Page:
Growing Pains 

The University of Montana and its Native American students are getting closer, even as they remain worlds apart

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"If faculty and staff and administrators could understand the cultural differences, take a step back and look at things from our point of view, it would make a big difference in a lot of situations, instead of trying to force us to conform or assimilate and have us lose ourselves," Two Bulls says, adding, "We're not asking for special treatment. We're just asking for the understanding."

'We're still here'

As its Native student population grows and UM struggles to diversify its faculty, there's pressure to make the transition smooth.

This fall marked the start of the first Living Learning Community for Native students. The program, in which Two Bulls is a volunteer, tries to provide fellowship and community for incoming freshmen. The 14 students in the program this year are housed together on campus. They can meet peers, Two Bulls says, network with mentors and discuss any problems they might have adjusting.

But as with the Native American Center, Two Bulls says, the program needs to prove successful to validate its existence. The students "have to do well, they have to get good grades and they have to do well next semester. If they don't, all eyes are on us."

There's responsibility on all sides, says John. The students need to stand up, voice concerns clearly and realize their worth to the university. UM needs to welcome and encourage such behavior. Most of all, she says, UM needs to at least be willing to admit that it might not be doing the best job possible at times. "There's this belief that we're color-blind," she says. "That exists out here in Missoula, too. People want to believe that it's so accepting of diversity. Maybe on a superficial level, but I think at a deeper, meaningful level, no, it's not.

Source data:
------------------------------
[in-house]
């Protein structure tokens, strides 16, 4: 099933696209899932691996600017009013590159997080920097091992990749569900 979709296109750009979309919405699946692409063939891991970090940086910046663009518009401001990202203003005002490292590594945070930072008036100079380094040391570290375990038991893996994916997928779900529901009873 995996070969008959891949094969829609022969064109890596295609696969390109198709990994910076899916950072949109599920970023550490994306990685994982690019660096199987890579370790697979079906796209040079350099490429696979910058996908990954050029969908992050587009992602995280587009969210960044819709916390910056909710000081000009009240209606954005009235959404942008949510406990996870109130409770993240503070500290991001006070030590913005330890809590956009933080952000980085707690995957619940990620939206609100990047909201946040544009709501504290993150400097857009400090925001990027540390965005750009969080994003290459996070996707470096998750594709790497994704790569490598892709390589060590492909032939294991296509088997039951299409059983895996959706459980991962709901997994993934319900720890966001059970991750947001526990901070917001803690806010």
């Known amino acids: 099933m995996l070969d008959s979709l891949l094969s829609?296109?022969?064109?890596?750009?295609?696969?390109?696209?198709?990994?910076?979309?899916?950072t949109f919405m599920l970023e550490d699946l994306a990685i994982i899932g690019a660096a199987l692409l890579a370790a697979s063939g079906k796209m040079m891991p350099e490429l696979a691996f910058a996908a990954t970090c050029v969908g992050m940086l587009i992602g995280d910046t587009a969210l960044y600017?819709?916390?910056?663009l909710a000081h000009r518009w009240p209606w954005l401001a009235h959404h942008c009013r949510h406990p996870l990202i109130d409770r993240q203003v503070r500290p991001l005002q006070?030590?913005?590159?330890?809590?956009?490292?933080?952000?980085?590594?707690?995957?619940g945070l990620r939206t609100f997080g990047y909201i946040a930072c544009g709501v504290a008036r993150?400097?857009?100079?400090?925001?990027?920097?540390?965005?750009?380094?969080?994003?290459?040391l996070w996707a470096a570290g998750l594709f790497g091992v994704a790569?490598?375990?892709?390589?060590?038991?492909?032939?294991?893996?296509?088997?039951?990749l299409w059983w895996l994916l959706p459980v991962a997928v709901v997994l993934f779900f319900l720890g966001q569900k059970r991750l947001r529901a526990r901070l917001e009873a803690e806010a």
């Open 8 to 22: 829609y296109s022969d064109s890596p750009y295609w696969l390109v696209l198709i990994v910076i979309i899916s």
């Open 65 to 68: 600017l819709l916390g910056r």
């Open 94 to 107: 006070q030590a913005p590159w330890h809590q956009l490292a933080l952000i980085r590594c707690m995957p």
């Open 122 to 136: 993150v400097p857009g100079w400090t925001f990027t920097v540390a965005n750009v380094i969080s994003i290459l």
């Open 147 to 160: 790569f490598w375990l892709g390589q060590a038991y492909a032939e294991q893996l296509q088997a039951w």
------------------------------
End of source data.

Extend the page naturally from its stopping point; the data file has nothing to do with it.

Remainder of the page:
"The university has a wonderful opportunity," John continues. "They have access to Native students—Native students are coming to them. They have the opportunity to be on the [cutting] edge in the area of creating an environment that welcomes, respects and values many cultures. But they really have to want to do that."

There's an impressive body of academic literature on integrating Native views in Western institutions. It's not just about responding to allegations of racism or learning to accept other cultural values.

Scholars such as Betty Bastien, an enrolled member of the Blackfeet who teaches at the University of Calgary, and Gregory Cajete, a Tewa Indian and Native American Studies chair at the University of New Mexico, have emphasized for years the importance of recognizing that Native students come from a culture where education is based on a connection to the land. Native views of life and learning are circular, with a major goal being the transmission of culture to new generations. Entering the linear model of education—in other words, the model of UM and every mainstream, white-dominated institution in America—can be a shock to young adults who grow up in reservation environments. Linear, accomplishment-based thinking challenges their cultural identity and prods them to "act white."

click to enlarge At last years UM Rome exhibit, someone placed signs that played off the history of European conquest in North America. - PHOTO BY CHAD HARDER